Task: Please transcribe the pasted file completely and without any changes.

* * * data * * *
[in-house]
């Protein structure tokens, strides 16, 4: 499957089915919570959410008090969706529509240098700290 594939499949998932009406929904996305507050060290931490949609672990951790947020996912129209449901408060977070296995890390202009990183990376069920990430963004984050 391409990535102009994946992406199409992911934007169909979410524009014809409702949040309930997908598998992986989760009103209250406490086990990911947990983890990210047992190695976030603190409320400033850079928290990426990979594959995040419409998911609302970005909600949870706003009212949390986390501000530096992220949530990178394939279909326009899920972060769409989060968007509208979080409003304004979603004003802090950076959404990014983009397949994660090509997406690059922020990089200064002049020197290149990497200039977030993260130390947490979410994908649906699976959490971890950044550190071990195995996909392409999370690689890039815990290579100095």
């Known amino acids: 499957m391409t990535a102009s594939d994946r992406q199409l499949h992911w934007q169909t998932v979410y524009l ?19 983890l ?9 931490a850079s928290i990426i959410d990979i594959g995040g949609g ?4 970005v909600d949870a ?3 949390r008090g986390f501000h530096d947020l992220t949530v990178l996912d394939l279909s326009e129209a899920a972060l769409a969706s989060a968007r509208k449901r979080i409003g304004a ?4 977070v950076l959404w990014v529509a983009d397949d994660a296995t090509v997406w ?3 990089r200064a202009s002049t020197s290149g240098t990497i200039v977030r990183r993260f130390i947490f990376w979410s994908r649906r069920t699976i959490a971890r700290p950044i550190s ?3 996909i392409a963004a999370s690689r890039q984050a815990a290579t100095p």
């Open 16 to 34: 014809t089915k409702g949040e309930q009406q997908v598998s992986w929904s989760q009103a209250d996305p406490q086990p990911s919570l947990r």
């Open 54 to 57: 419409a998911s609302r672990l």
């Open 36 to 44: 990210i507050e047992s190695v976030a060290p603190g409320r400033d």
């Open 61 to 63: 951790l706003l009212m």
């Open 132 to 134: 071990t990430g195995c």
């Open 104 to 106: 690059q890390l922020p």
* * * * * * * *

[in-house]
């Protein structure tokens, strides 16, 4: 499957089915919570959410008090969706529509240098700290 594939499949998932009406929904996305507050060290931490949609672990951790947020996912129209449901408060977070296995890390202009990183990376069920990430963004984050 391409990535102009994946992406199409992911934007169909979410524009014809409702949040309930997908598998992986989760009103209250406490086990990911947990983890990210047992190695976030603190409320400033850079928290990426990979594959995040419409998911609302970005909600949870706003009212949390986390501000530096992220949530990178394939279909326009899920972060769409989060968007509208979080409003304004979603004003802090950076959404990014983009397949994660090509997406690059922020990089200064002049020197290149990497200039977030993260130390947490979410994908649906699976959490971890950044550190071990195995996909392409999370690689890039815990290579100095």
């Known amino acids: 499957m391409t990535a102009s594939d994946r992406q199409l499949h992911w934007q169909t998932v979410y524009l ?19 983890l ?9 931490a850079s928290i990426i959410d990979i594959g995040g949609g ?4 970005v909600d949870a ?3 949390r008090g986390f501000h530096d947020l992220t949530v990178l996912d394939l279909s326009e129209a899920a972060l769409a969706s989060a968007r509208k449901r979080i409003g304004a ?4 977070v950076l959404w990014v529509a983009d397949d994660a296995t090509v997406w ?3 990089r200064a202009s002049t020197s290149g240098t990497i200039v977030r990183r993260f130390i947490f990376w979410s994908r649906r069920t699976i959490a971890r700290p950044i550190s ?3 996909i392409a963004a999370s690689r890039q984050a815990a290579t100095p």
């Open 16 to 34: 014809t089915k409702g949040e309930q009406q997908v598998s992986w929904s989760q009103a209250d996305p406490q086990p990911s919570l947990r």
């Open 54 to 57: 419409a998911s609302r672990l």
């Open 36 to 44: 990210i507050e047992s190695v976030a060290p603190g409320r400033d």
């Open 61 to 63: 951790l706003l009212m």
């Open 132 to 134: 071990t990430g195995c």
């Open 104 to 106: 690059q890390l922020p």